I had a bit of extra spare time over the 2011 holiday season, and I wanted to test out some of the new C++11 features. But I know the old GCC C++ compiler I have installed in my usual LTS Ubuntu 10.04 development environment is out-of-date, so the first thing I needed to do is upgrade my OS and GCC to something decent. Here is how I accomplished this task.
First thing was to change my operating system. From Canonical, I downloaded the latest daily live .iso file. Here is a decent place to start looking: http://cdimage.ubuntu.com/daily-live/current/precise-desktop-amd64.iso. These live-cd images are a breeze to install using VirtualBox, and within 30 minutes I had a decent development environment installed.
When Ubuntu 12.04 is first installed, it defaults to GCC v4.6. And just as important, it only includes the 'C' compiler, not the 'C++' compiler:
A number of development tools are referenced by the meta-package named build-essential, so I started by making sure this package is installed:
This gave me the expected GCC v4.6 C++ compiler:
A quick search on Google turned up a PPA with the newer GCC v4.7, which has support for nearly all the new C++11 features. Add this PPA with the following commands:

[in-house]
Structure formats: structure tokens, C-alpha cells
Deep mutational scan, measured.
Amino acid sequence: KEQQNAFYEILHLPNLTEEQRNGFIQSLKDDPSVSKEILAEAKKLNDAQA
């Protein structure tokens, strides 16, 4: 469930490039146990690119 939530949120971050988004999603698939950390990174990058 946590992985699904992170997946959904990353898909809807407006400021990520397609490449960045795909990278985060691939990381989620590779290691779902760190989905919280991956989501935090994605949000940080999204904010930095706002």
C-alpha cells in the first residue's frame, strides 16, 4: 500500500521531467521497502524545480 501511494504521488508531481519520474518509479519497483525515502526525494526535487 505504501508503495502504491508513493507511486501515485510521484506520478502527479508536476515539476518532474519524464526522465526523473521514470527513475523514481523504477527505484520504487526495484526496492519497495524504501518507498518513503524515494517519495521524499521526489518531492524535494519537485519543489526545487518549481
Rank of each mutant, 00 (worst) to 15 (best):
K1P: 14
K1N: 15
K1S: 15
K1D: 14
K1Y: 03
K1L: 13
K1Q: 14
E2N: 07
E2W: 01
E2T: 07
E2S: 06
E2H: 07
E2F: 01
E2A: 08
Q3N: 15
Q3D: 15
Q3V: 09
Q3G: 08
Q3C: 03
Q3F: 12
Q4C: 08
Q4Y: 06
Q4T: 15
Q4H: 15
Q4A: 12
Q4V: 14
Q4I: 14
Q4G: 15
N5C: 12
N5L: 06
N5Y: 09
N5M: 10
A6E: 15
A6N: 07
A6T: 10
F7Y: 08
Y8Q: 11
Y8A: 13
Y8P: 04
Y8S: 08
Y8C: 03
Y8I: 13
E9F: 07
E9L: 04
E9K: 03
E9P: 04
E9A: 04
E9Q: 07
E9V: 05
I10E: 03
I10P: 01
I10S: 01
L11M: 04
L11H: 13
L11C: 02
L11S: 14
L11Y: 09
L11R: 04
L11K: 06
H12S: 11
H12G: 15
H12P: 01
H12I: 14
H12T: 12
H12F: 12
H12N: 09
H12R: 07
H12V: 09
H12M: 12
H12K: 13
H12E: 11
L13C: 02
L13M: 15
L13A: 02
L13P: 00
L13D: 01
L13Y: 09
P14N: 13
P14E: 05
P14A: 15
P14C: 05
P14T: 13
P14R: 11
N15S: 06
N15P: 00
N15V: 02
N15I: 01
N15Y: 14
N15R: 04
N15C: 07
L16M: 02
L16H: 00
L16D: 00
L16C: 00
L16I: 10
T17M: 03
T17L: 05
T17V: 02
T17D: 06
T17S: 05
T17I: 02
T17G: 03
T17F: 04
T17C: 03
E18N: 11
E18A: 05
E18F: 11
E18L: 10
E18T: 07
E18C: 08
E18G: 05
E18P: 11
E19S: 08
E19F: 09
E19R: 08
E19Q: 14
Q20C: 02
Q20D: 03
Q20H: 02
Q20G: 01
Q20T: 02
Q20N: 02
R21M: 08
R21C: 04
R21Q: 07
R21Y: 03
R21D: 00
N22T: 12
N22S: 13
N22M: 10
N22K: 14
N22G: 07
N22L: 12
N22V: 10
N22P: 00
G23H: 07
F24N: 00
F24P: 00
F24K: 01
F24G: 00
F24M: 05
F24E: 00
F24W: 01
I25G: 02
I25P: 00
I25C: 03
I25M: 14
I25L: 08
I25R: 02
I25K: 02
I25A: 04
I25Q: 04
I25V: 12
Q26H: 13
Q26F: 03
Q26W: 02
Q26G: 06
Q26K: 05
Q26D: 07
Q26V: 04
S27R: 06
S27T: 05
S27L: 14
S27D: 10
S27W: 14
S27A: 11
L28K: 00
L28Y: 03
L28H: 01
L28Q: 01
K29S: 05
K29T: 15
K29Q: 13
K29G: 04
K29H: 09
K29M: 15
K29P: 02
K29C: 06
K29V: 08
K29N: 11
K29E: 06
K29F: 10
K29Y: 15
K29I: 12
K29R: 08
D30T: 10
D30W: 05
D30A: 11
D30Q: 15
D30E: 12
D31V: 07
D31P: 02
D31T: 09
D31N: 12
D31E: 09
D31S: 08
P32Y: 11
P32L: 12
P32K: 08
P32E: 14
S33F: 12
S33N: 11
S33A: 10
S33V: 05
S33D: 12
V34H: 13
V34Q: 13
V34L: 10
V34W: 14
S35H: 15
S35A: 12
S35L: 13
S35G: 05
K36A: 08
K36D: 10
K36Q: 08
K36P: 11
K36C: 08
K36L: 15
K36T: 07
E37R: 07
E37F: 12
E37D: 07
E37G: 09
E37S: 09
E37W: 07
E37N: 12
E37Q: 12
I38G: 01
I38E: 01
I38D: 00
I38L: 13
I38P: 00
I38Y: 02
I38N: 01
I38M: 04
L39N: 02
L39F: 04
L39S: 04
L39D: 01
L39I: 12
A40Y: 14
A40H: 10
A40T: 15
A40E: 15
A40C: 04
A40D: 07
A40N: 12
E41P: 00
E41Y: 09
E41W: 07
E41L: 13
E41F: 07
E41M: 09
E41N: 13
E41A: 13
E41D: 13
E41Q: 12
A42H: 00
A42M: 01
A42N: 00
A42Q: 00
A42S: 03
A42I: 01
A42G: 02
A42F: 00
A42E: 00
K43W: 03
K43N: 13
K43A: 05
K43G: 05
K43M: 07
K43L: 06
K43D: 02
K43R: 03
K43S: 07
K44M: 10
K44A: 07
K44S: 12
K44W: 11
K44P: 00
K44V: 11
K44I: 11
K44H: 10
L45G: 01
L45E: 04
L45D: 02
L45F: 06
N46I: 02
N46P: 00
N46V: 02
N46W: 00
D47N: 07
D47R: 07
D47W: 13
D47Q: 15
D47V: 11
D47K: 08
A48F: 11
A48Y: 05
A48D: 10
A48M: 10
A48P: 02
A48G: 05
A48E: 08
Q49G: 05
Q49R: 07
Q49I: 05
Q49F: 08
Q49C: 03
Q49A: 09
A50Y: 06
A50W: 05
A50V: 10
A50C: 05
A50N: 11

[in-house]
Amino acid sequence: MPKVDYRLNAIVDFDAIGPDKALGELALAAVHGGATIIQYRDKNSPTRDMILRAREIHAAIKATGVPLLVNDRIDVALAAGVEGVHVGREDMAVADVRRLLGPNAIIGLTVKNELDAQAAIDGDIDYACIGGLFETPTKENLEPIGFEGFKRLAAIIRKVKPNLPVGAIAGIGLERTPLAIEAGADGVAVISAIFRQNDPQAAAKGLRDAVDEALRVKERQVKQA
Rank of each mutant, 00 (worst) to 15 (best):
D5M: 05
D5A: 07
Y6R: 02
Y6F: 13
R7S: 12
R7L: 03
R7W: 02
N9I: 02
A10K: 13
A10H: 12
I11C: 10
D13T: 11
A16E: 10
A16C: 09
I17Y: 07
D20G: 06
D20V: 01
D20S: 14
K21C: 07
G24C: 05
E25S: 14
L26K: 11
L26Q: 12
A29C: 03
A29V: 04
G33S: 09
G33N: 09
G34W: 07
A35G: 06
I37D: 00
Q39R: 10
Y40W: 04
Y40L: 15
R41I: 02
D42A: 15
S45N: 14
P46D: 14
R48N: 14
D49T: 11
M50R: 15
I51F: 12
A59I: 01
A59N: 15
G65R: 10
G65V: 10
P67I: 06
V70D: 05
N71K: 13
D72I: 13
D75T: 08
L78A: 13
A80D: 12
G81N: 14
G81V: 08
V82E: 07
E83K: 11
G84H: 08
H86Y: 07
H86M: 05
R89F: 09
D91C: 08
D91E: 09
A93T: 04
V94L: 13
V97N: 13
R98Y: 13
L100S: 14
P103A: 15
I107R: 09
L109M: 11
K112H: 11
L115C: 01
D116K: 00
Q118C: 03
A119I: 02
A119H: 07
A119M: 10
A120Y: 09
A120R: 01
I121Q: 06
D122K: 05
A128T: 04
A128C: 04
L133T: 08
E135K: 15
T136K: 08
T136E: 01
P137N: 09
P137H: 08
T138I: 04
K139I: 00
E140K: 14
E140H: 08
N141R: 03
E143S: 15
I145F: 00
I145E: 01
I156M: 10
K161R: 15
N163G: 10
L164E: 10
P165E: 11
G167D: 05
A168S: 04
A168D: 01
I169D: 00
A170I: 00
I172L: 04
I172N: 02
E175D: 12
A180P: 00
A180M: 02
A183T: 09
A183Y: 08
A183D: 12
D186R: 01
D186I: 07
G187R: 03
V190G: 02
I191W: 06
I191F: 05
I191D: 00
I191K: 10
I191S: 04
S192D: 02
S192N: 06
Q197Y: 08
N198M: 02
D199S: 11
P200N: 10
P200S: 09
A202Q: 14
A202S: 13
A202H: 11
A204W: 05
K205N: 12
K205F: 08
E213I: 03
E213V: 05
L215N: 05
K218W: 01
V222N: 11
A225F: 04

Now take a look to see if we can find the GCC packages:
Install the GCC v4.7 C/C++ compilers with the following command:
Installing the v4.7 compilers does not remove the previous v4.6 compiler. This is very important, if you skipped the previous sentence, now is a good time to go back and re-read it! The system now has 2 'C' compilers and 2 'C++' compilers:
Luckily, there is a very simple and standard method for switching between applications that provide identical (or near-identical) functionality: update-alternatives. If you've never had to use this before, go ahead and run man update-alternatives.
We need to let update-alternatives know we have 2 C/C++ compilers, create a record for each one, and then configure which one we want to use. This is done with the following:
From this point forward, the only thing required when switching compilers is this (relatively) simple command:
Calling the C++ compiler with --version confirms the right version is correctly installed:
The only thing left is to test if the new v4.7 compiler is working as expected. There are several convenient pages on the GNU GCC web site which lists which features of C++11 are supported in each version of the compiler:
Comparing the v4.6 and v4.7 page, one easy-to-test feature where support was first added in v4.7 is delegating constructors. So I wrote up a quick test, which I used to confirm the difference between the two compilers: